The Ultimate Guide to Teeth Whitening
Pros: Perhaps the easiest teeth whitening method (you need to brush your teeth anyway, right?), this is an especially good option for maintaining an already white smile. For best results, check the ingredient panel and look for a formula that contains hydrogen peroxide, the active ingredient that actually bleaches teeth, says Pia L. Lieb, DDS Cosmetic Dentistry. (Many only contain silica, an abrasive ingredient that will scrub off stains, but won't actually whiten, she adds.) This option is also extremely wallet-friendly, and very unlikely to cause sensitivity.
Cons: Don't expect dramatic results. "Toothpaste alone is typically not strong enough to achieve a noticeably whiter smile," says Brian Kantor, cosmetic dentist practicing in New York. "It's best used in conjunction with other at‐home whitening products or as a follow up to an in‐office whitening treatment to help maintain results," he says.
Tip: Follow with an at-home whitening rinse (again, look for one with hydrogen peroxide) for a one-two whitening punch.
Teeth Whitening Strips
Pros: "These effectively whiten teeth because the bleach remains in contact with the tooth structure long enough to deliver results," says Kantor. Adds Lieb, "Strips offer the best bang for your buck, since they can leave teeth anywhere between three to seven shades lighter." They're also easy to use and widely available.
Cons: Because everyone's teeth are shaped slightly differently, the uniform shape of the strip can lead to small gaps where it doesn't make direct contact with the teeth, says Lieb. "They're also short and often only cover the first six teeth or so, which may cause a noticeable change in color between those and the ones further towards the back of your mouth," she says.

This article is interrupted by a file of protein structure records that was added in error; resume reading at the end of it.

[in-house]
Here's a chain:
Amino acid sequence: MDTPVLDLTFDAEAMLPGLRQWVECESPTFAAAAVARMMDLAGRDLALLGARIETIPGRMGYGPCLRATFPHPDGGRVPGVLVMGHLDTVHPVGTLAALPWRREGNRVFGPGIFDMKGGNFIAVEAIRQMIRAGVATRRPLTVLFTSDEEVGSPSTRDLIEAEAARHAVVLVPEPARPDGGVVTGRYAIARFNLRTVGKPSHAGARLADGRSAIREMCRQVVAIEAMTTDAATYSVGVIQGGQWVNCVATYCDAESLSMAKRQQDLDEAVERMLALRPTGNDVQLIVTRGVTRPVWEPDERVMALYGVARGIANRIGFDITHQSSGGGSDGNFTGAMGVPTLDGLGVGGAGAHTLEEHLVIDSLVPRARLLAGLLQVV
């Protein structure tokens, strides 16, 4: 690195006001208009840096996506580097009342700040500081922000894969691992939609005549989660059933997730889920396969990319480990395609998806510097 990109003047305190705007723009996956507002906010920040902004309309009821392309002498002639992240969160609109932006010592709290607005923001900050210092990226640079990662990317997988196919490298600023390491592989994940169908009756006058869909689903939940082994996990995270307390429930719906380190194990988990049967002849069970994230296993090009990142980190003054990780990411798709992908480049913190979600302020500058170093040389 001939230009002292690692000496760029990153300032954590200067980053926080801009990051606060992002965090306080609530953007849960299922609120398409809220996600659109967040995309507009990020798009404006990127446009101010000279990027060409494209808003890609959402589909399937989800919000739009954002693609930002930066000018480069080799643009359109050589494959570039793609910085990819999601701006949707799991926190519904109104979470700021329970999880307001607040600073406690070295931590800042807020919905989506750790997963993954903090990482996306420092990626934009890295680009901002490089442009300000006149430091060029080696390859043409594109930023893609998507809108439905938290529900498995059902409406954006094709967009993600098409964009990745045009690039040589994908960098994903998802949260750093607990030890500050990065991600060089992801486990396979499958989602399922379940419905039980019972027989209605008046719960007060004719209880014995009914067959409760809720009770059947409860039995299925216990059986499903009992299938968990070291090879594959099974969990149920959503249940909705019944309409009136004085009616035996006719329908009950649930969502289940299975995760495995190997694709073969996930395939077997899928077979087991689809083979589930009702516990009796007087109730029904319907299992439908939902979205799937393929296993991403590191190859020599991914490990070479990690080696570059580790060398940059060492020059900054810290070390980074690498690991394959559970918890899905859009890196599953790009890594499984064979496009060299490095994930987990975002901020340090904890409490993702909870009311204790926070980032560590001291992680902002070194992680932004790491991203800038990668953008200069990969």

Tip: If you're using strips that are meant to be worn daily for a few weeks, try to avoid staining foods and beverages (common culprits: coffee, tea, berries, soy sauce) during that entire time period, in order to avoid counteracting any of the whitening effects.
Brush-On Gels and Whitening Pens
Pros: These offer more control, allowing you to precisely reach and coat every tooth for an evenly white smile. Plus, you simply apply and go; no need to wait or rinse.
Cons: Some can taste slightly funny, says Lieb, and, because those marketed for daily use contain only a low amount of hydrogen peroxide, results are minimal.
Tip: Don't forget to apply the product in between your teeth. Staining in the crevices can lead to an overall dingy appearance, even if the fronts of your teeth are white.
Pros: Most of the at-home gadgets work by combining a hydrogen peroxide based gel with some kind of light; the heat from the light activates the hydrogen peroxide, explains Lieb. The upshot? These work faster than other over-the-counter methods, and can often deliver slightly more dramatic results.
Cons: Using these can be a bit cumbersome, since with many you can't do anything else while you hold the light to your mouth. This is also the priciest of the at-home options.
Tip: Begin a whitening regimen after a professional cleaning; the less plaque and gunk on your teeth, the better the results.
Pros: You'll get the best results by far from a professional treatment, which can leave teeth up to 12 shades lighter, according to Lieb. Credit a much higher concentration of hydrogen peroxide: "Most in-office procedures use about 35 percent, while over-the-counter options typically contain about seven to 10 percent," says Kantor. Plus, you'll just need one session, and some work in as quickly as 20 minutes.
Cons: The pricey treatments can put a dent in your wallet, and the high level of hydrogen peroxide may increase the likelihood of sensitivity for some.
Tip: If you're prone to sensitivity, taking over-the-counter ibuprofen prior to treatment can help minimize the likelihood of any painful zingers during or after, says Lieb.